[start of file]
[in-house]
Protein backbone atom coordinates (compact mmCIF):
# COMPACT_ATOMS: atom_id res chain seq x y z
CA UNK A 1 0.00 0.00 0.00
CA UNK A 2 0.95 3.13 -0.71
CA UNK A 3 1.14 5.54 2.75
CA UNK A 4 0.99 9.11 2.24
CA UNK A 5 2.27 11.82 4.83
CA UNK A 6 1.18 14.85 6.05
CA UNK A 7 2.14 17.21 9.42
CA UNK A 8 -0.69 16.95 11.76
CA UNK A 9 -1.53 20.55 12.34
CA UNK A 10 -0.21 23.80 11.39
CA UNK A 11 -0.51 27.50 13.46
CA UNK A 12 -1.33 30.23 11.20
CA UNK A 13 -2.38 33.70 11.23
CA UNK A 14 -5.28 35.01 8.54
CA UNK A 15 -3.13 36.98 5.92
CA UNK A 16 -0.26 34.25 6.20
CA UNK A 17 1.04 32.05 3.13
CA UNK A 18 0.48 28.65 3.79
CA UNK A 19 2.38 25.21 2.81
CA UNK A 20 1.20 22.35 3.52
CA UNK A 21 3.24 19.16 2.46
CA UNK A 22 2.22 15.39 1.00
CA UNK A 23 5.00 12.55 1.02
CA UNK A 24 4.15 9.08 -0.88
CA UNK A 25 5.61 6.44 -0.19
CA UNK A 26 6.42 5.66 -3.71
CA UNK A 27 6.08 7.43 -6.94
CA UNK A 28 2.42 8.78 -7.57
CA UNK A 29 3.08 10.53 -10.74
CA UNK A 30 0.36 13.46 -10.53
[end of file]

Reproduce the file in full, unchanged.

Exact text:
[in-house]
Protein backbone atom coordinates (compact mmCIF):
# COMPACT_ATOMS: atom_id res chain seq x y z
CA UNK A 1 0.00 0.00 0.00
CA UNK A 2 0.95 3.13 -0.71
CA UNK A 3 1.14 5.54 2.75
CA UNK A 4 0.99 9.11 2.24
CA UNK A 5 2.27 11.82 4.83
CA UNK A 6 1.18 14.85 6.05
CA UNK A 7 2.14 17.21 9.42
CA UNK A 8 -0.69 16.95 11.76
CA UNK A 9 -1.53 20.55 12.34
CA UNK A 10 -0.21 23.80 11.39
CA UNK A 11 -0.51 27.50 13.46
CA UNK A 12 -1.33 30.23 11.20
CA UNK A 13 -2.38 33.70 11.23
CA UNK A 14 -5.28 35.01 8.54
CA UNK A 15 -3.13 36.98 5.92
CA UNK A 16 -0.26 34.25 6.20
CA UNK A 17 1.04 32.05 3.13
CA UNK A 18 0.48 28.65 3.79
CA UNK A 19 2.38 25.21 2.81
CA UNK A 20 1.20 22.35 3.52
CA UNK A 21 3.24 19.16 2.46
CA UNK A 22 2.22 15.39 1.00
CA UNK A 23 5.00 12.55 1.02
CA UNK A 24 4.15 9.08 -0.88
CA UNK A 25 5.61 6.44 -0.19
CA UNK A 26 6.42 5.66 -3.71
CA UNK A 27 6.08 7.43 -6.94
CA UNK A 28 2.42 8.78 -7.57
CA UNK A 29 3.08 10.53 -10.74
CA UNK A 30 0.36 13.46 -10.53